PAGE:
When Allan was done we moved off. We soon passed Pooley Bridge and then I was on the part of the course that I had n> ever seen. Thanks god for Allan and his excellent knowledge and confidence with the route! after a steady climb we had fairly decent trail down to the next cp at Howtown. Whilst we were dropping down we could see some dark cloud cover up on the higher ground. There had been a little rain forecast from around 12 onwards. Would the jackets have to come out? Another pretty fast stop at the cp and we were off for the next big climb! The climb up High Kop was long and very steep in places. Simon and I were unsure of Allan at this point and kept checking and rechecking the map and road book. We ended up following him up and eventually discovered he’d been correct all along! Don’t know why we ever doubted him! This was the highest part of the course. We went from High Kop to Low Kop before dropping down all the way to Haweswater where we joined a pretty good path that followed around the edge of the lake before coming to the next cp at Mardale Head. The clouds were gathering above us. My feet were in a right state at this point and nothing felt ok. Uphills, downhills, flat and even the few stretches of road were agonising. I was still feeling > great in every other way. You get straight into the next climb as you depart the cp. Gatesgarth pass had a howling wind coming down it into our faces as we began to climb. We decided that now would be a good time to don our jackets as when we got to the top the wind and rain would be terrible. The higher we climbed, the more we realised that we were correct and had made the right decision. As we came over the top it was blowing a gale and the rain was heavy. I found this quite envigorating though was aware that we really needed to keep moving and get off the top as we would chill very fast! I found it especially nice to have the rain wash away all the salt that was covering my head leaving me feel really refreshed!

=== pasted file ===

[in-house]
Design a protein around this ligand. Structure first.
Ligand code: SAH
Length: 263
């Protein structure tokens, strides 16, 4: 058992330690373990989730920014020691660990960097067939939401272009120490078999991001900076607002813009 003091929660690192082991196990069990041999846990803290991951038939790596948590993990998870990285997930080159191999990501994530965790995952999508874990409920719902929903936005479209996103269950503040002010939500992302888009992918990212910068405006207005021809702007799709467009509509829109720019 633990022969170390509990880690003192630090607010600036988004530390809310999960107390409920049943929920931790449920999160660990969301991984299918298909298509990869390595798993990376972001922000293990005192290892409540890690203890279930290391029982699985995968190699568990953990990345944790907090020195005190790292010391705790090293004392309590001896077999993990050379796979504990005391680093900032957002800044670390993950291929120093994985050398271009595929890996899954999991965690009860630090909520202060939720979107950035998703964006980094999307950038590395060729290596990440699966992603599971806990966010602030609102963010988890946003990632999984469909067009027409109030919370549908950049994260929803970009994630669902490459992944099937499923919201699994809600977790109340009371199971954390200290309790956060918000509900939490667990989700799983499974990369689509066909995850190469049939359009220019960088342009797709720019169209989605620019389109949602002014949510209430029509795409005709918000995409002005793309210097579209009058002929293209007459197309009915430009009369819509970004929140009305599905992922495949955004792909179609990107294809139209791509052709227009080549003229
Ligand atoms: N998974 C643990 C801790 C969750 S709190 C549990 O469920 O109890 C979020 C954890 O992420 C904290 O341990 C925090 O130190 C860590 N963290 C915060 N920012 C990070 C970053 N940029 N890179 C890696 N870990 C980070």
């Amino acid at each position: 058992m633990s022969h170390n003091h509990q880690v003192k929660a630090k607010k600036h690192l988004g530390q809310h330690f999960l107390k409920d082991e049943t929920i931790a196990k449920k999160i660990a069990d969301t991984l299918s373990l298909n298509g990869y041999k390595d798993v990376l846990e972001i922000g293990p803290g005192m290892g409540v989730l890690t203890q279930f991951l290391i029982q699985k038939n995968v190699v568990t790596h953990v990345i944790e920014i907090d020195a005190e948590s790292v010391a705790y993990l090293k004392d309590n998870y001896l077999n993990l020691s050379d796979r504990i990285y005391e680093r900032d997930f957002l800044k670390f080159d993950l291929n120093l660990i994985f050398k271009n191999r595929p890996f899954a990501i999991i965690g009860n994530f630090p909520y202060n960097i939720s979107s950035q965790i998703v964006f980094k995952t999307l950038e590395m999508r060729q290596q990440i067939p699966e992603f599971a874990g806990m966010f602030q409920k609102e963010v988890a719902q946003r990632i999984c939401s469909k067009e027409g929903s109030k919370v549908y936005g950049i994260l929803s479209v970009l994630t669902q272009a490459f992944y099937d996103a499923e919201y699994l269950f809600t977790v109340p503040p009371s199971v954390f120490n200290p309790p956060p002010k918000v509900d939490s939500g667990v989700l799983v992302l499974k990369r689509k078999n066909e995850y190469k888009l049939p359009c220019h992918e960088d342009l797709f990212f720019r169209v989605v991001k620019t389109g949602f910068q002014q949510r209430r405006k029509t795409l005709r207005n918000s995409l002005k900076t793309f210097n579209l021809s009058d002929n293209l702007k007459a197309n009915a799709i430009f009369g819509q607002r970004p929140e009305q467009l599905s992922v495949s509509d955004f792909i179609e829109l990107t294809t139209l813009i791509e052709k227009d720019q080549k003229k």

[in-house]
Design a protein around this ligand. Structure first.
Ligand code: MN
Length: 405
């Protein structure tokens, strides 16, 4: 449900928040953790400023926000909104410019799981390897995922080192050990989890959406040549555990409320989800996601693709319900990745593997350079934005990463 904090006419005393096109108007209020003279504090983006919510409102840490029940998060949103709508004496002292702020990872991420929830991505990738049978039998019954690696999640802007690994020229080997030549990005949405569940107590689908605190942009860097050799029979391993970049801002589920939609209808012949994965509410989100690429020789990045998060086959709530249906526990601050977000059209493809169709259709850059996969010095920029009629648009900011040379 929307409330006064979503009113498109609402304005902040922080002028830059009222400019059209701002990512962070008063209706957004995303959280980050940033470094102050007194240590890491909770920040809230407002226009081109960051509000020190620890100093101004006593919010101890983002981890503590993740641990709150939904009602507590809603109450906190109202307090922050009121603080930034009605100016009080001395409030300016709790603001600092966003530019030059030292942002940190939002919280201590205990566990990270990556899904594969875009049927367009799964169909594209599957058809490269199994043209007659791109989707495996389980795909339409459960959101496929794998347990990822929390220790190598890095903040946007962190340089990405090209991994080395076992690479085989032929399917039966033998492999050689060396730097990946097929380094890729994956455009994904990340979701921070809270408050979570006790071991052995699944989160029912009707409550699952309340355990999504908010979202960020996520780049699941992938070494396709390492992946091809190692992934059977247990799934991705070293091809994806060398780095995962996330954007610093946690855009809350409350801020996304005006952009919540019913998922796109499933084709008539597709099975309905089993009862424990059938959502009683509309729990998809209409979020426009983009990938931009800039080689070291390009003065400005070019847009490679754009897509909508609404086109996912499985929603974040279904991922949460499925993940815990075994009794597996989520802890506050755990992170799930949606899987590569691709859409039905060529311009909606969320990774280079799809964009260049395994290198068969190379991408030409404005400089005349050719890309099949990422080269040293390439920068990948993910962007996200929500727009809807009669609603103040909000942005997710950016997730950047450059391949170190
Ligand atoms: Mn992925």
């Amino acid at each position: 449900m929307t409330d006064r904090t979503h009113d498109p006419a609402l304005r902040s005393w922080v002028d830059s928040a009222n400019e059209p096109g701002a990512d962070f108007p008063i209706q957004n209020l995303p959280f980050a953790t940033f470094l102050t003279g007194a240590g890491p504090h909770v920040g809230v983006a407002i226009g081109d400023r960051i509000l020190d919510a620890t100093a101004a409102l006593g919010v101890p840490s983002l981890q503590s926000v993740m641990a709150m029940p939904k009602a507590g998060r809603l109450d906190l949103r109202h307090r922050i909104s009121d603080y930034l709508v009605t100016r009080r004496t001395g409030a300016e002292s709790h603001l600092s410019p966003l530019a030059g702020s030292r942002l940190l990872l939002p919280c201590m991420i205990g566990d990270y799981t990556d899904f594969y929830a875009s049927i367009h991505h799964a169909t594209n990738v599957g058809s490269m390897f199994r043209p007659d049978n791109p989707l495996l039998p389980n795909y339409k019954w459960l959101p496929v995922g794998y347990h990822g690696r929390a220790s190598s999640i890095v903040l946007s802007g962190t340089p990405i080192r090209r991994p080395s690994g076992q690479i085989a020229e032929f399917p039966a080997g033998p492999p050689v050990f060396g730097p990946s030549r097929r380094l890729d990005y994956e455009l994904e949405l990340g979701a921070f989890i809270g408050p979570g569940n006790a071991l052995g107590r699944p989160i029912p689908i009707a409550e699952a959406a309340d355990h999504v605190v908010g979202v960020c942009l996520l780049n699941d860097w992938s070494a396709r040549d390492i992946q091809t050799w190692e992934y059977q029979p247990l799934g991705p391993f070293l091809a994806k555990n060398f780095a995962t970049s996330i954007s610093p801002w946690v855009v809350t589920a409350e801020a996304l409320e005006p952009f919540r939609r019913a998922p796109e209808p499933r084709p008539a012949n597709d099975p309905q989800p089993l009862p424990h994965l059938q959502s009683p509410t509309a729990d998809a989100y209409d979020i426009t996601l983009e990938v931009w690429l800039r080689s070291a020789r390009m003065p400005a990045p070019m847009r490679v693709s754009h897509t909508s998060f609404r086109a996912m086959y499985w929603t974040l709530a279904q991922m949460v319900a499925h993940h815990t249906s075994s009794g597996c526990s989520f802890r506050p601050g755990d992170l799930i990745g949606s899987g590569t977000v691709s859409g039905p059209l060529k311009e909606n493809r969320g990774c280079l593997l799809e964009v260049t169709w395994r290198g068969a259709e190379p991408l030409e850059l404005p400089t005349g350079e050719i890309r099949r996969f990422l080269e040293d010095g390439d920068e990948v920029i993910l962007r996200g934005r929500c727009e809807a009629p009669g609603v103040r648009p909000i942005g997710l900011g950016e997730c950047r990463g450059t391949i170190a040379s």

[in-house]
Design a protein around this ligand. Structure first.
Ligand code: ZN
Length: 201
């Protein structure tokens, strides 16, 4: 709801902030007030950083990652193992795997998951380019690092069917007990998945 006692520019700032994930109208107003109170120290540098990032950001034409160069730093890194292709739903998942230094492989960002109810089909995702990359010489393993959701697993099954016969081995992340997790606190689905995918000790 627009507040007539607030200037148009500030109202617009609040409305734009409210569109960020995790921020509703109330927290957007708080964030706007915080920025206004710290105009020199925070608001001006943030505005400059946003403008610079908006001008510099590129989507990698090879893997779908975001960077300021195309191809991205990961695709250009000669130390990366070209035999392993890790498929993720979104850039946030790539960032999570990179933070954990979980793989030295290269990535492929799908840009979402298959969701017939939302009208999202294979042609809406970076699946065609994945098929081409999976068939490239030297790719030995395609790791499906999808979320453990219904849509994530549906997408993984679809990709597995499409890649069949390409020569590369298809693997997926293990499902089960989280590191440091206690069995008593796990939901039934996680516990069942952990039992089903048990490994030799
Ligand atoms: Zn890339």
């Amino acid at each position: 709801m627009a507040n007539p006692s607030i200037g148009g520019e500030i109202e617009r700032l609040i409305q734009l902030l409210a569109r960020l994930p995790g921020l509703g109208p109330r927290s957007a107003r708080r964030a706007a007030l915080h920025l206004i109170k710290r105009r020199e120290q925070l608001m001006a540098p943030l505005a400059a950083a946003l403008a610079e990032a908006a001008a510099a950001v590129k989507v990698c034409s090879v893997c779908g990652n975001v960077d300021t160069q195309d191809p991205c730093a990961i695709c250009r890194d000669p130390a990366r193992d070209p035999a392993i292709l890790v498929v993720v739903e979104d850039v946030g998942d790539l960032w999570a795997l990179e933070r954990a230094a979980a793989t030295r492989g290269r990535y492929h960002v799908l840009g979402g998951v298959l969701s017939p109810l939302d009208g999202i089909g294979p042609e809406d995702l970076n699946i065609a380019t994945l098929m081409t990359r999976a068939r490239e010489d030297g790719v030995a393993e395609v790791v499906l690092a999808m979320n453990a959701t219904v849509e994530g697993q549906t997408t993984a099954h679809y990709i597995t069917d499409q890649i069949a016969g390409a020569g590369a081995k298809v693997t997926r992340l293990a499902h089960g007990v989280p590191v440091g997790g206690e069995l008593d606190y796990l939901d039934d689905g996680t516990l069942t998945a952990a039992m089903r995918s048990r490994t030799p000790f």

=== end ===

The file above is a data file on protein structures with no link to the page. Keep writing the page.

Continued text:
The downhill was long and very, very painful. My poor feet were destroyed. I could feel blisters all over now. Quite a bit of the down hill had slate put across it with one edge in the ground whilst the other edge was projected upwards presumadely to add traction for 4×4′s on the way up. For my poor feet though this was pretty hellish. Each footstrike felt like it was ripping open the blisters! We finally passed this section and arrived at Kentmere, the next cp. They had smoothies here which went down very well indeed. I also had yet more pasta before We hobbled off on our way towards Ambleside. Soon we were back on the course that I’d recce’d previously. This felt good as I knew what was left. Just before we got to Ambleside, Allan went ahead to see if he could get his feet looked at. Allan was very determined to try and break 28hrs and his feet didn’t seem to be affecting him as bad as mine, so I was expecting him to go it alone now. We were down to 2 now. I felt good in all other ways, but my feet were really slowing me now. When we got to Ableside, Allan was laid up getting his feet done. As soon as he was done, we wished him luck, he got up and shot off. A quick round of soup and bread and we were off ourselves. Just 17 miles left now. I was sure that I could grit and bear it, but it was going to pretty awful! One step at a time.